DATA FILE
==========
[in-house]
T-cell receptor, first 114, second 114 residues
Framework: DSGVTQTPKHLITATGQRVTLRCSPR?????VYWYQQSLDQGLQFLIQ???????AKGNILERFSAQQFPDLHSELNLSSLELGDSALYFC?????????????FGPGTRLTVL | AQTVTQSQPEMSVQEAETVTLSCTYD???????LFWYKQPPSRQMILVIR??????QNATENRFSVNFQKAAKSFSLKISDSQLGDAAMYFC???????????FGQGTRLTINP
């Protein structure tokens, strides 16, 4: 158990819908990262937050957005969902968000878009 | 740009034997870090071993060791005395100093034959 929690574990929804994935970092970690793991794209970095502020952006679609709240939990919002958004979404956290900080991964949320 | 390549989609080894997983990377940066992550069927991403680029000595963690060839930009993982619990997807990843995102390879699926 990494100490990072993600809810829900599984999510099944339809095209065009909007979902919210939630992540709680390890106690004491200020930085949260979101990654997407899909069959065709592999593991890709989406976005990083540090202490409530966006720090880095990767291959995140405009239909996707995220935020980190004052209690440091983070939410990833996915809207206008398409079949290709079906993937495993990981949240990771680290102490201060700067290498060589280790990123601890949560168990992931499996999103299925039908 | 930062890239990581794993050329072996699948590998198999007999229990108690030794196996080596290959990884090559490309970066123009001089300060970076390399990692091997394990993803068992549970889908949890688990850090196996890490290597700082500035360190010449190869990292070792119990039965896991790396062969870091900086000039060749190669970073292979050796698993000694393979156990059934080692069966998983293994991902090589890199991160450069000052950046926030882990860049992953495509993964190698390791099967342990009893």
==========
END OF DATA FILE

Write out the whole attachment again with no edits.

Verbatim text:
[in-house]
T-cell receptor, first 114, second 114 residues
Framework: DSGVTQTPKHLITATGQRVTLRCSPR?????VYWYQQSLDQGLQFLIQ???????AKGNILERFSAQQFPDLHSELNLSSLELGDSALYFC?????????????FGPGTRLTVL | AQTVTQSQPEMSVQEAETVTLSCTYD???????LFWYKQPPSRQMILVIR??????QNATENRFSVNFQKAAKSFSLKISDSQLGDAAMYFC???????????FGQGTRLTINP
């Protein structure tokens, strides 16, 4: 158990819908990262937050957005969902968000878009 | 740009034997870090071993060791005395100093034959 929690574990929804994935970092970690793991794209970095502020952006679609709240939990919002958004979404956290900080991964949320 | 390549989609080894997983990377940066992550069927991403680029000595963690060839930009993982619990997807990843995102390879699926 990494100490990072993600809810829900599984999510099944339809095209065009909007979902919210939630992540709680390890106690004491200020930085949260979101990654997407899909069959065709592999593991890709989406976005990083540090202490409530966006720090880095990767291959995140405009239909996707995220935020980190004052209690440091983070939410990833996915809207206008398409079949290709079906993937495993990981949240990771680290102490201060700067290498060589280790990123601890949560168990992931499996999103299925039908 | 930062890239990581794993050329072996699948590998198999007999229990108690030794196996080596290959990884090559490309970066123009001089300060970076390399990692091997394990993803068992549970889908949890688990850090196996890490290597700082500035360190010449190869990292070792119990039965896991790396062969870091900086000039060749190669970073292979050796698993000694393979156990059934080692069966998983293994991902090589890199991160450069000052950046926030882990860049992953495509993964190698390791099967342990009893």